People and Place

Sunday, 29 April 2012

Visit to RIBA

On Wednesday evening I attended a talk given by the assistant curator, Jonathan Makepeace, at the Royal Institute of British Architects (RIBA). It was a general introduction to the rich resource of the RIBA's collection of architectural photographs. 

The Photographs Collection  is intended for the study of architecture and related subjects such as interior design, topography, landscape, construction and planning.

It contains over 1.5 million images in a wide range of formats that includes negatives, prints, transparencies, postcards and digital files. The images include works from the earliest photographers and architects to the present day.

In two and a half hours it was only possible to see a tiny selection.  What we saw was an extraordinary selection of some of the most well known masters of photography, many of them unknown to me before.

My preference and interest in photography has focused on images of people.  My favourite are documentary or portrait  photographers.  To begin with I thought I was going to find it difficult to summon enthusiasm for architectural photography, so I was pleasantly surprised when I discovered exciting and inspirational work.  Eric de Maré, Lucien Hervé, Hélène Binet for starters.

This evening I was introduced to even more photographers and concepts that got me excited and wanting to know more about their work and practices.

One of the first surprises was that most of the early architectural photographers were actually architects.  It makes sense but I had never thought about it before. Architects understand how to draw buildings correctly, how to correct converging verticals.  These skills transfer comfortably to photography.  They knew how to use the bellows and lens, moving them independently to correct these distortions.  Today we use tilt and shit lenses.

Others transferred comfortably from painting and drawing to photography.

One of these was Edouard Baldus, who came to Paris to study painting. After ten years with little success as a painter, he abandoned his easel and picked up a camera. He was quickly recognised as a photographer with a unique ability to combine aesthetic sensitivity with technical accuracy. This won him a contract with the French government to document the Roman and Medieval buildings of France.

Many of the early images included more of the environment creating  beautiful images of the building or structure, the environment and often included people. An example of this is shown in Samuel Bourne's photo (right). A statement on things as they exist. An accurate record of the place.                                                            Many of the items in RIBA archives have details and notes on the back of the prints outlining how the photographer wanted the image processed.  How it was to be cropped. Areas specified where dodging and burning was to take place.  Even cloning out details. Photoshop has not brought us anything new, just an easier way to do it.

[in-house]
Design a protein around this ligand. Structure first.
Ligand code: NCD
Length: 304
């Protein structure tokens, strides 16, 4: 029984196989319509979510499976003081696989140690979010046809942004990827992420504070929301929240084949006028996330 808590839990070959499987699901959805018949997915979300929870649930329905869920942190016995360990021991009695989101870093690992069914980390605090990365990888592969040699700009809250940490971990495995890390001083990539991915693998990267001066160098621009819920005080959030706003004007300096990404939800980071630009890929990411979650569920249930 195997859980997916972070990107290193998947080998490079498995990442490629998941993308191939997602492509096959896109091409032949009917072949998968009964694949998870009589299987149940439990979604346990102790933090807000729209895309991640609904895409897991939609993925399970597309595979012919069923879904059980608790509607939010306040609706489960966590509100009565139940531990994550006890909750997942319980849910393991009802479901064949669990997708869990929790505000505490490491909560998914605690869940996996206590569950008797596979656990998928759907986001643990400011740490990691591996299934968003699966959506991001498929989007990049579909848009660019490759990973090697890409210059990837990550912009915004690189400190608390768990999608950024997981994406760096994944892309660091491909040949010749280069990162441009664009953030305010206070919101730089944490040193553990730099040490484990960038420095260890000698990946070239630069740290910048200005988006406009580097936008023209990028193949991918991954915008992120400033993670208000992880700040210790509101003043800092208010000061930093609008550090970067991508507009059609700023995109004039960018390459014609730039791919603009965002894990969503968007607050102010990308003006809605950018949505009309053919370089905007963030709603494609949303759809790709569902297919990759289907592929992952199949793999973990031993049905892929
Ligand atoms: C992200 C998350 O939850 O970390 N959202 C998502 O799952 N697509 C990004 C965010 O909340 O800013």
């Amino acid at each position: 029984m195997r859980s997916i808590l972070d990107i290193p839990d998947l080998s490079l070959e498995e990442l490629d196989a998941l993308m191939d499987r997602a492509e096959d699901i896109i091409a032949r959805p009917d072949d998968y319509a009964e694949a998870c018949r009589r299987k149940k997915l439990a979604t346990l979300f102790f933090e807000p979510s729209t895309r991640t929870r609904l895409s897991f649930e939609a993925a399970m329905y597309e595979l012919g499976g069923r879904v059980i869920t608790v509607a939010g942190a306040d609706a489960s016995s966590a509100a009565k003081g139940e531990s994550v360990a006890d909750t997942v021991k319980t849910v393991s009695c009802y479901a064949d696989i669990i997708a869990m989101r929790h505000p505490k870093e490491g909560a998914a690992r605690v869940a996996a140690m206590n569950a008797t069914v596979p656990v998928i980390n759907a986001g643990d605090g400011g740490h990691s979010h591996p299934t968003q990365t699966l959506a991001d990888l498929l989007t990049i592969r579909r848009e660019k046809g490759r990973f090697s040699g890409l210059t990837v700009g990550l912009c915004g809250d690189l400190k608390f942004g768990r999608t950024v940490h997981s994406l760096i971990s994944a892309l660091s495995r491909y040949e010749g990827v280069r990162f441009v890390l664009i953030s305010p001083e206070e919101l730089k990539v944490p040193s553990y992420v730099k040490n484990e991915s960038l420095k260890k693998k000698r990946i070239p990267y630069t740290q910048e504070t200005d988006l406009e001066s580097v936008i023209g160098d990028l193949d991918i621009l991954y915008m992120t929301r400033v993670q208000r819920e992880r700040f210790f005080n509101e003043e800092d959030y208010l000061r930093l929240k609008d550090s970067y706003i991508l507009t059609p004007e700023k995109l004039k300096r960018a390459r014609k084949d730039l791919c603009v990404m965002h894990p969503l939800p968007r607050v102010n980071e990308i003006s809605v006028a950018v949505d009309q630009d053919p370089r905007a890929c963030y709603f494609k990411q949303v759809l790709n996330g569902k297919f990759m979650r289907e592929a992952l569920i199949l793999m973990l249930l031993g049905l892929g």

In the early 20th century Eric de Mare was one of Britain's most influential architectural photographers, he focused on industrial structures this work became known as "functional tradition."  His images were carefully composed, everything within the frame had been considered. He was hugely influential on architectural photography taking it outside of the confines of the architects realm, appealing to the wider public.  An example of his work below shows how striking his images are.  I love the juxtaposition of old and new and how it is beautifully framed by the trees.  An image like this is still striking in the 21st century. 

By the 60's and 70's the style of architectural photography was more graphic in style and focused on detail shots. A classic example of this type of work is by Judith Turner.  This modernist approach was controversial just like everything else in this period.  It reminds me a little of the clothing fashions of the time.  When I look at this image I think of Mary Quant.

Another even less popular style of architectural photography appeared around 1969- 1970.  A body of work titled Manplan was commissioned from a group of photojournalists.  This was far removed from any previous architectural photography, largely shot on 35mm film, lots of people and showing life as it really was. Often taken under grey skies or wet weather these grainy images were not popular with the architects who felt these images reflected negatively on their work.

The evening passed really quickly so it was a very quick look at photographs from the 21st century.  Richard Bryant is one of the most widely known and respected architectural photographers at present.  Most of the images we are seeing now are beautiful crisp, glossy, coloured images. 

No comments:

Post a Comment